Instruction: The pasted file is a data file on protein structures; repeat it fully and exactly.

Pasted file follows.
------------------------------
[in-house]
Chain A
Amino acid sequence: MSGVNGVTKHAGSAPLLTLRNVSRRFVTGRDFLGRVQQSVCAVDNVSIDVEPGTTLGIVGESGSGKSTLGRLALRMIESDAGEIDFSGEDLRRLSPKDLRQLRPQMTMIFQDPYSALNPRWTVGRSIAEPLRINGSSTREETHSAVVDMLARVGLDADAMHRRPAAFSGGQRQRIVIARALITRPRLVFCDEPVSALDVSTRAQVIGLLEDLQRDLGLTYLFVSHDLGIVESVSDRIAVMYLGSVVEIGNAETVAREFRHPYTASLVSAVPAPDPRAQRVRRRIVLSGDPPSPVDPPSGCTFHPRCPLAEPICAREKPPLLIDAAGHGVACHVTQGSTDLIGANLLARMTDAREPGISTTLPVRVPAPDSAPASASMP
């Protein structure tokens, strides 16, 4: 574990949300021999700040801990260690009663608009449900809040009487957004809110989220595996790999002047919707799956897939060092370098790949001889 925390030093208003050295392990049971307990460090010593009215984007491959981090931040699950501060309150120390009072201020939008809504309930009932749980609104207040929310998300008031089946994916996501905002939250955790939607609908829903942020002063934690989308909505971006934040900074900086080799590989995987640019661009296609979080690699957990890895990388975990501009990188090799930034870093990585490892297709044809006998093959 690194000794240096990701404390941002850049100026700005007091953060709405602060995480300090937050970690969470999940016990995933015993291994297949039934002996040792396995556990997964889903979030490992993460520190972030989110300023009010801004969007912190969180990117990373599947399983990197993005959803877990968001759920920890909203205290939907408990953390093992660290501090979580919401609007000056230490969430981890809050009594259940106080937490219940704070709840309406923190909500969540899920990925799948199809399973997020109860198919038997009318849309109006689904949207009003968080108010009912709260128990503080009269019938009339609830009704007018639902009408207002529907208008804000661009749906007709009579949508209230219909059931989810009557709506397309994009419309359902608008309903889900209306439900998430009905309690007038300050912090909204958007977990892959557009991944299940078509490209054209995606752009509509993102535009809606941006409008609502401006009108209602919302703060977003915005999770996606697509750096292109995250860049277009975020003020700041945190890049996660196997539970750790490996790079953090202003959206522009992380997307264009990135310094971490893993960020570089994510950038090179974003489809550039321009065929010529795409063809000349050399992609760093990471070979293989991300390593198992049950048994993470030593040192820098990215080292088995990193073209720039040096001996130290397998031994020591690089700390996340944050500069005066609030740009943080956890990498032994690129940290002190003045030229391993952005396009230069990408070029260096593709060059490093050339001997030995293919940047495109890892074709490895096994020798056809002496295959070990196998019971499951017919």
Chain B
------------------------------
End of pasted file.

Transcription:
[in-house]
Chain A
Amino acid sequence: MSGVNGVTKHAGSAPLLTLRNVSRRFVTGRDFLGRVQQSVCAVDNVSIDVEPGTTLGIVGESGSGKSTLGRLALRMIESDAGEIDFSGEDLRRLSPKDLRQLRPQMTMIFQDPYSALNPRWTVGRSIAEPLRINGSSTREETHSAVVDMLARVGLDADAMHRRPAAFSGGQRQRIVIARALITRPRLVFCDEPVSALDVSTRAQVIGLLEDLQRDLGLTYLFVSHDLGIVESVSDRIAVMYLGSVVEIGNAETVAREFRHPYTASLVSAVPAPDPRAQRVRRRIVLSGDPPSPVDPPSGCTFHPRCPLAEPICAREKPPLLIDAAGHGVACHVTQGSTDLIGANLLARMTDAREPGISTTLPVRVPAPDSAPASASMP
């Protein structure tokens, strides 16, 4: 574990949300021999700040801990260690009663608009449900809040009487957004809110989220595996790999002047919707799956897939060092370098790949001889 925390030093208003050295392990049971307990460090010593009215984007491959981090931040699950501060309150120390009072201020939008809504309930009932749980609104207040929310998300008031089946994916996501905002939250955790939607609908829903942020002063934690989308909505971006934040900074900086080799590989995987640019661009296609979080690699957990890895990388975990501009990188090799930034870093990585490892297709044809006998093959 690194000794240096990701404390941002850049100026700005007091953060709405602060995480300090937050970690969470999940016990995933015993291994297949039934002996040792396995556990997964889903979030490992993460520190972030989110300023009010801004969007912190969180990117990373599947399983990197993005959803877990968001759920920890909203205290939907408990953390093992660290501090979580919401609007000056230490969430981890809050009594259940106080937490219940704070709840309406923190909500969540899920990925799948199809399973997020109860198919038997009318849309109006689904949207009003968080108010009912709260128990503080009269019938009339609830009704007018639902009408207002529907208008804000661009749906007709009579949508209230219909059931989810009557709506397309994009419309359902608008309903889900209306439900998430009905309690007038300050912090909204958007977990892959557009991944299940078509490209054209995606752009509509993102535009809606941006409008609502401006009108209602919302703060977003915005999770996606697509750096292109995250860049277009975020003020700041945190890049996660196997539970750790490996790079953090202003959206522009992380997307264009990135310094971490893993960020570089994510950038090179974003489809550039321009065929010529795409063809000349050399992609760093990471070979293989991300390593198992049950048994993470030593040192820098990215080292088995990193073209720039040096001996130290397998031994020591690089700390996340944050500069005066609030740009943080956890990498032994690129940290002190003045030229391993952005396009230069990408070029260096593709060059490093050339001997030995293919940047495109890892074709490895096994020798056809002496295959070990196998019971499951017919």
Chain B